It’s the focus of a new movie: Cake, starring Jennifer Anniston as a woman struggling with chronic pain, and is scheduled for release Jan. 23.
And it’s much more common that you could ever dream of, unless you are one of the millions that suffer from the nightmarish condition of chronic pain. Commonly misunderstood and mistreated, sufferers are often labelled as the problem “being in their head,” malingerers, or drug-seekers. Many become extremely isolated and depressed as a result of their chronic pain and the intense personal and social ramifications.
Chronic pain affects more people than cancer, diabetes, heart attack, and stroke combined. The Institute of Medicine estimates there are more than 100 million sufferers in the United States, costing the nation as much as $635 billion a year in medical treatment and lost productivity, meaning people are unable to attend work due to the condition or must seek disability.
Pain sufferers often are misdiagnosed, misunderstood, and miserable. Their friends and family can become worn out from listening to complaints, and may stop interacting with their loved one. Their identities may be significantly altered because they cannot engage in activities they once enjoyed — they no longer can take part in sports or everyday activities. Parenting and spousal relations may be significantly altered. Doctors get frustrated by the inability to provide a cure, and may not adequately medicate the patient, fearing the patient will become addicted to narcotics, or worse, fear they don’t really have pain and just are looking for narcotics. The stigma can be embarrassing and paralyzing to the patient, transforming formerly happy lives into a living hell.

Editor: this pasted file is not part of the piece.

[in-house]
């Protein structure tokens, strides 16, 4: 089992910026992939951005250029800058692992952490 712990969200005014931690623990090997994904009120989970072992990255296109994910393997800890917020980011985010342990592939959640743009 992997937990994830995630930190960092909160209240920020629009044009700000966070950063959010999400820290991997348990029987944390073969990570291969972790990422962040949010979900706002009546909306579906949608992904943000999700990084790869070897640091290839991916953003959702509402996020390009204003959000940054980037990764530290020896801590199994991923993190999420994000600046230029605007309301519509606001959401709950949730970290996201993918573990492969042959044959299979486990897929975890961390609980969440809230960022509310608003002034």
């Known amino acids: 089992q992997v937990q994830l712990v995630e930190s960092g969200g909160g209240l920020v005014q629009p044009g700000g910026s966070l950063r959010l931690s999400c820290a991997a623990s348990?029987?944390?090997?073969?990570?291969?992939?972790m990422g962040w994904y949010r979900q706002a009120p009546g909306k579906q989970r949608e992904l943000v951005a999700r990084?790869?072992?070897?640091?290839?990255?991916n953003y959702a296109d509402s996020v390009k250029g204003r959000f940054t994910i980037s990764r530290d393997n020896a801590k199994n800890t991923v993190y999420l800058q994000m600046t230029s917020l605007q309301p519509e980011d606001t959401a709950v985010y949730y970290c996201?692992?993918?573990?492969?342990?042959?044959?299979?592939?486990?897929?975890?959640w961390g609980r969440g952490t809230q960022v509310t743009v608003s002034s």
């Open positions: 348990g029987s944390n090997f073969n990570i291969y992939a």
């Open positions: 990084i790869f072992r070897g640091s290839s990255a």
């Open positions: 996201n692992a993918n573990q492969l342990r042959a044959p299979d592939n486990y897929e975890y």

There are many diseases that cause chronic pain, such as rheumatoid arthritis and fibromyalgia. But many cases of chronic pain don’t have an official diagnosis. Usually, people feel acute pain after an illness, injury, or surgery. If pain lasts beyond the time it takes to heal, or longer than 12 weeks, it’s considered chronic. Michael Clark, a psychiatrist and director of the pain treatment program at Johns Hopkins Hospital, explains the underlying pathophysiology.
“The disease of chronic pain is more than just acute pain that lasts longer. It has greater intensity, causes impaired function and can migrate beyond the original pain site. The nervous system becomes distorted. Pain receptors get amplified and internal pain blockers minimized, which can make even the lightest touch be perceived as painful. Chronic pain is not simply a single symptom or a straightforward experience like acute pain.”
Clark said depression, and the risk of suicide, is a significant danger to the millions suffering from this silent illness that most people can’t understand. While physical therapy, antidepressants, pain medications, cognitive therapy, support groups, and neurofeedback are all therapies that may help, being recognized and understood by the public may help the most in eliminating isolation.
“Approximately one-third to three-quarters of people with chronic pain experience moderate to severe depression. Patients with depression experience increased pain because of overlap in the two affected systems: pain reception and mood regulation. Both depression and chronic pain share some of the same neurotransmitters and nerve pathways. So pain is worse, function is poor, response to pain treatment is diminished and their prognosis is worse until they can get their depression under better control.”